Xerox Alto Is Rebuilt and Reconnected by the Living Computer Museum

It’s one thing to read about a true breakthrough, something else to see it in action

The Xerox Alto in the restoration workshop at the Living Computer Museum in Seattle.

About 35 years ago in an office at Xerox PARC, I watched a demonstration of a new research computer called Alto that stunned me. “Wow,” I thought. “This is going to change everything.”

And it did. The Alto’s many innovative features and capabilities — which Microsoft embraced as it developed Windows and subsequent software — would soon drive the widespread adoption of the personal computer. Just a few of the Alto’s firsts included:

  • A Graphical User Interface (GUI) using a Mouse as a pointing device
  • A “What You See Is What You Get” word processor called Bravo, which was the predecessor to what would become Microsoft Word
  • A black-on-white display and bitmapped images
  • Object-oriented programming
  • Ethernet networking connectivity to shared files and printers
A restored Xerox Alto at the Living Computer Museum running Maze War.

The Alto computer itself didn’t reach a wide audience — Xerox failed to recognize its potential and produced only a limited number for themselves, government and universities. But the machine quickly inspired people like me, Bill Gates, Steve Jobs and others to create the software and hardware that made GUI central to the computing experience, which soon put the power of computers into the hands of millions of people.

In recognition of the Alto’s historic impact, my team at The Living Computer Museum has restored two of the world’s surviving machines to full working order. And, since Ethernet networking was one of the Alto’s innovations, the LCM team has created the ability for the Altos to talk to modern computers by developing a 3-megabit bridge. As far as we know, this is the first time that Altos have been able to communicate with modern PCs.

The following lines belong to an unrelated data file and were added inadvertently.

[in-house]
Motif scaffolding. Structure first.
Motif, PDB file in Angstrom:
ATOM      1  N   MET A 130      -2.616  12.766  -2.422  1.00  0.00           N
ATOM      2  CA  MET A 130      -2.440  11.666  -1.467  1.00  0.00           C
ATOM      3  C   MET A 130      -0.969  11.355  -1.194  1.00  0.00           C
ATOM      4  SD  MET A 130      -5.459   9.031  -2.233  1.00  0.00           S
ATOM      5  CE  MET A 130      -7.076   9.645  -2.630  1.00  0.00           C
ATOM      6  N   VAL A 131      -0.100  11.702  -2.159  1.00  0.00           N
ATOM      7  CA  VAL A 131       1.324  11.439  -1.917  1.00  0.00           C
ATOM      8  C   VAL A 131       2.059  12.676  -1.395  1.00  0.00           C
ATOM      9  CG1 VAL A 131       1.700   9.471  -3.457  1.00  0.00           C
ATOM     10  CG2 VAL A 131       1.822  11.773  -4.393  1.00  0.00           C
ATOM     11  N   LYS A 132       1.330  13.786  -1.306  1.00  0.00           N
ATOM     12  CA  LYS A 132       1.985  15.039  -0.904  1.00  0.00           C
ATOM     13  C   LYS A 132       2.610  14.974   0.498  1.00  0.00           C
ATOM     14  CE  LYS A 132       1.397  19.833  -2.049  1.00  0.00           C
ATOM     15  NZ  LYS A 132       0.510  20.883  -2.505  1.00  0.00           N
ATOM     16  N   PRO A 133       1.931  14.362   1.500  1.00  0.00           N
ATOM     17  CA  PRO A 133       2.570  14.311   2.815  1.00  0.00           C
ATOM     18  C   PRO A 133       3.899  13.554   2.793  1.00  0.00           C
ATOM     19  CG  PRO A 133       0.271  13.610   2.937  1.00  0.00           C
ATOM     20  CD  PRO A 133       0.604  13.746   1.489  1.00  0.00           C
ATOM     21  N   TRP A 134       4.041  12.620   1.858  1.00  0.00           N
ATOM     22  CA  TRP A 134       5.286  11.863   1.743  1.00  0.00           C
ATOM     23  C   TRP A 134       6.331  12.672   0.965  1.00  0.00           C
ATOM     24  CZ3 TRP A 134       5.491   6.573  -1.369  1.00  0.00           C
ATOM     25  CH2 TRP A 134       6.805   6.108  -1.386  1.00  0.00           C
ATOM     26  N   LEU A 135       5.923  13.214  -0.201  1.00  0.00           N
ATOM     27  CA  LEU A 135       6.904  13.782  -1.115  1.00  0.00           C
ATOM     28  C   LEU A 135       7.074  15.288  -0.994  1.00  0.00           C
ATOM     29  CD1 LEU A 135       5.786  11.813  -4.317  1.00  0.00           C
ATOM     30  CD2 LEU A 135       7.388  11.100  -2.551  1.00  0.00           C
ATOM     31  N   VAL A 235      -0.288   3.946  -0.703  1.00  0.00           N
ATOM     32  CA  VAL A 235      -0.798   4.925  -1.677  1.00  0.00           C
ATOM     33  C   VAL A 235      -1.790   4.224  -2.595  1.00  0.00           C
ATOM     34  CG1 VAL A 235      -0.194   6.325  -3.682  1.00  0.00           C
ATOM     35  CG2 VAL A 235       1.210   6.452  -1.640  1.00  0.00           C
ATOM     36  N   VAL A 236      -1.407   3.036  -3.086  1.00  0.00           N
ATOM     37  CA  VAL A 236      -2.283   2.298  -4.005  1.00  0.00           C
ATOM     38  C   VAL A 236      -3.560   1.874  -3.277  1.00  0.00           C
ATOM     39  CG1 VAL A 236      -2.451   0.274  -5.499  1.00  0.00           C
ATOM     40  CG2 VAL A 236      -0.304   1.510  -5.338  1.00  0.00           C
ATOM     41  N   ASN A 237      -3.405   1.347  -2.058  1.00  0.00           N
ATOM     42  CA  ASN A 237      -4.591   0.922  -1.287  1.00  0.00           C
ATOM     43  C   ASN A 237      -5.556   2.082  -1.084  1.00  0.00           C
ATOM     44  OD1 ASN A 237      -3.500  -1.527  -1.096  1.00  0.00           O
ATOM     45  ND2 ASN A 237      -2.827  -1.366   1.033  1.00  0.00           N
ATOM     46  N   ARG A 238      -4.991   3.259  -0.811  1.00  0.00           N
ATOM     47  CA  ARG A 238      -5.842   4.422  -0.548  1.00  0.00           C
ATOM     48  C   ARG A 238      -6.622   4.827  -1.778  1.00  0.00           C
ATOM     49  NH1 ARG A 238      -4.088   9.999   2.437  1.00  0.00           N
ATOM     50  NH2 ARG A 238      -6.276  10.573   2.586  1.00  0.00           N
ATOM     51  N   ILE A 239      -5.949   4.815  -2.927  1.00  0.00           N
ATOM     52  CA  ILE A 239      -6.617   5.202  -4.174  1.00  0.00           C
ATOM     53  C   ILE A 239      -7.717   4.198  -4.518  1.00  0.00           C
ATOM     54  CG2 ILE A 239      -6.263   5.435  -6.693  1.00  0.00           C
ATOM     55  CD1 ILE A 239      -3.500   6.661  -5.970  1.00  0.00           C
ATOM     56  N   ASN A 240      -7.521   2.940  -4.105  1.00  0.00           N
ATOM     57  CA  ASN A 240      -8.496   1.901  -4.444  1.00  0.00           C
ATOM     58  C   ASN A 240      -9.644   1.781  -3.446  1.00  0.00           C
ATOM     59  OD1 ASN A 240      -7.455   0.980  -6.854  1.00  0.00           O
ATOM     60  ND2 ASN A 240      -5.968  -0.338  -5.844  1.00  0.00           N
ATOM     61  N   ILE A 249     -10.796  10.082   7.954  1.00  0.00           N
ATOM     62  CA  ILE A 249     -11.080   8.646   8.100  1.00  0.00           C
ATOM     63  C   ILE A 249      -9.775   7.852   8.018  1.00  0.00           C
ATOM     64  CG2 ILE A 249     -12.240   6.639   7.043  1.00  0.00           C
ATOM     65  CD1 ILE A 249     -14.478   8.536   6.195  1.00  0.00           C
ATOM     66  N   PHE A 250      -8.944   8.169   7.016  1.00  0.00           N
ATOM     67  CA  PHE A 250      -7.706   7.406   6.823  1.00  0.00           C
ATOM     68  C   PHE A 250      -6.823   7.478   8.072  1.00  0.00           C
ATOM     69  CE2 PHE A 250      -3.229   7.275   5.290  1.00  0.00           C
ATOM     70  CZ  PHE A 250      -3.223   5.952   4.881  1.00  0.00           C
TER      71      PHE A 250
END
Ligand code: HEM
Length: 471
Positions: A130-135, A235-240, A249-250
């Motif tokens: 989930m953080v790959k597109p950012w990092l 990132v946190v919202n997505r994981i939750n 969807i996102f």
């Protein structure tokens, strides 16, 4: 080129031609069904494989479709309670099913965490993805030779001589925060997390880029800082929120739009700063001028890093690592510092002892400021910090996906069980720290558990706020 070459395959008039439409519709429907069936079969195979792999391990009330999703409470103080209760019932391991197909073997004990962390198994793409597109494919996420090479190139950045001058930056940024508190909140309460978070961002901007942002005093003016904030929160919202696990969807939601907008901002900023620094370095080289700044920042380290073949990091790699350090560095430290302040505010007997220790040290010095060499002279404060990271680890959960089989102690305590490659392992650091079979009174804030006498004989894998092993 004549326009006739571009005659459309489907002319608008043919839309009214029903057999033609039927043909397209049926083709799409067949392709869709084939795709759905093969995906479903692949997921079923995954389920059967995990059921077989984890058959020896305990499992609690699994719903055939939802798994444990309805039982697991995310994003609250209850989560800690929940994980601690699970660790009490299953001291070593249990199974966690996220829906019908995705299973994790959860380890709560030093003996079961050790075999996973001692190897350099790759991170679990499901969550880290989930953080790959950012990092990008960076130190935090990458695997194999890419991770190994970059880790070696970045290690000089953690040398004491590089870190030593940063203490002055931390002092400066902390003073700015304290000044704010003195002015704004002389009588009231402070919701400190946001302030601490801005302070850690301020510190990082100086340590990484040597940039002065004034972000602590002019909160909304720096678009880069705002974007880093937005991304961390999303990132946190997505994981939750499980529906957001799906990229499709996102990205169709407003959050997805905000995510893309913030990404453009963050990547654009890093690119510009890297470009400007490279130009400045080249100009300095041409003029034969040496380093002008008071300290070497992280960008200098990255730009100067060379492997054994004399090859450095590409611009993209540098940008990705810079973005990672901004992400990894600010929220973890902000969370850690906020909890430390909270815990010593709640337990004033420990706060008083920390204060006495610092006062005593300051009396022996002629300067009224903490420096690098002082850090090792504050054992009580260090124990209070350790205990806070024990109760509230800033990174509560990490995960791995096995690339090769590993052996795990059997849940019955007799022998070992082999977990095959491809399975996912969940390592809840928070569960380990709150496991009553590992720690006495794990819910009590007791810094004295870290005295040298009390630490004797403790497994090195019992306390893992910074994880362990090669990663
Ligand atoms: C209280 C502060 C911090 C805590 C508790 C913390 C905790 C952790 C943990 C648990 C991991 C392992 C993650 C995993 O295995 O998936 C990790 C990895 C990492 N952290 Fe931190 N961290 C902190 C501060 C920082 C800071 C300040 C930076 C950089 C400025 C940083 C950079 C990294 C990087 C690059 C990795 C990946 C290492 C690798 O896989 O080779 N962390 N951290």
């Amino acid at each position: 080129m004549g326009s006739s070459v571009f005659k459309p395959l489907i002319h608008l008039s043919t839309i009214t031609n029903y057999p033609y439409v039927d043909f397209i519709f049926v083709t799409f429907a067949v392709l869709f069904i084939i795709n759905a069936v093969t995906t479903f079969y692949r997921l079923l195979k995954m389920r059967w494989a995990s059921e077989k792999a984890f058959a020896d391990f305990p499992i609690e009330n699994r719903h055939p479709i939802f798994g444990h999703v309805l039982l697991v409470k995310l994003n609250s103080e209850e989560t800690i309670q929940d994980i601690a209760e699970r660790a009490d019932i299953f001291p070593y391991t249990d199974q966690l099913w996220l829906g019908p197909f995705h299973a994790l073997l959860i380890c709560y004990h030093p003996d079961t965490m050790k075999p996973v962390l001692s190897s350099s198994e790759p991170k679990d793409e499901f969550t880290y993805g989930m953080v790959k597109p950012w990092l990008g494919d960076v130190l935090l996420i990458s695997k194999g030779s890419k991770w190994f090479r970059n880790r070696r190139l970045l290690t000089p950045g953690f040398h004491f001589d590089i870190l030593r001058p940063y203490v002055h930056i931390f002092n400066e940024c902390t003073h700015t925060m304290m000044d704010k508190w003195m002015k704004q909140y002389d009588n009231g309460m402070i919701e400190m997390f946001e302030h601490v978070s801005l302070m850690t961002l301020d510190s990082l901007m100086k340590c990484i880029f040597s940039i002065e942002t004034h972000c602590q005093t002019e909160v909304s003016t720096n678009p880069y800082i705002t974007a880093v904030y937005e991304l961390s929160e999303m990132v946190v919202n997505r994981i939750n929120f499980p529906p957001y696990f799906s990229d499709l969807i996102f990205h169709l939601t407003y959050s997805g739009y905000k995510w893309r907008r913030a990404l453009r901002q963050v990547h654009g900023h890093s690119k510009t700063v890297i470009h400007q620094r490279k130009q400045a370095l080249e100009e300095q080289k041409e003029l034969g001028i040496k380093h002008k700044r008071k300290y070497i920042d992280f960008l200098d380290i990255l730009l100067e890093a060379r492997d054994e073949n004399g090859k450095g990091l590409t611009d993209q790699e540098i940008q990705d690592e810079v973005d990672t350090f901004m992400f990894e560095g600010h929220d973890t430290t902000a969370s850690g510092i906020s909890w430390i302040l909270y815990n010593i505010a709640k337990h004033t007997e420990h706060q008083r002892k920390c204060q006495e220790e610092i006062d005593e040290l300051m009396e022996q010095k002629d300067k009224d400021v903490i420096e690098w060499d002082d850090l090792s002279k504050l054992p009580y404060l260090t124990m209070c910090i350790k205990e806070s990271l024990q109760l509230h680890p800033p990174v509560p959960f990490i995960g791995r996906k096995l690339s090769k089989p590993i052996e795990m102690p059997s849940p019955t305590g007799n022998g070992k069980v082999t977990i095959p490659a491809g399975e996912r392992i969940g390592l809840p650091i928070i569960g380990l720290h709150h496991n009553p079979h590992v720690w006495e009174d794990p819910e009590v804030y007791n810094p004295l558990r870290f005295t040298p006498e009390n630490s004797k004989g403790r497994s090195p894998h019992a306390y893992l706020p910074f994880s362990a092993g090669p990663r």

The inside of a 3-megabit Ethernet transceiver that connects the Alto to a coaxial Ethernet cable.

My team and I aren’t the only ones working to keep the Alto’s legacy alive. During our restoration effort, we learned about a handful of other working Altos, including the machine that Ken Shirriff has begun to restore for Y Combinator. With this in mind, we’ll be releasing an Internet PUP gateway to allow Alto networks around the world to talk to each other, which will expose more enthusiasts to these historic machines and hopefully prompt still more renovations.

The ContrAlto emulator software in action at the Living Computer Museum

While the restored Altos at the Living Computer Museum give the public a rare opportunity to see and use the actual machines, we wanted to give even more people access to the Alto experience. That’s why the team has also developed a complete Alto emulator.

ContrAlto is a software program that simulates the original Alto hardware and allows original Alto software to be run on modern PCs. ContrAlto simulates the Alto at the microcode level, providing a very accurate simulation of the original computer. Even the original Ethernet networking is simulated, so multiple Alto emulators — and real Altos! — can share files, send e-mail and play vintage Alto games. I’ve had the chance to use both the restored Alto and the emulator, and the experience reminded me of how much that breakthrough computer enabled me to see the future and translate that possibility into reality.

ContrAlto in action as Living Computer Museum’s team tests out the emulator by playing Maze War.

Given what the Alto’s breakthroughs ultimately enabled, as well the machine’s profound impact on my career, it’s been a lot of fun to revisit and revive these historic computers. I hope people will enjoy playing with them as much as I do, and always keep pressing ahead to invent a better future.

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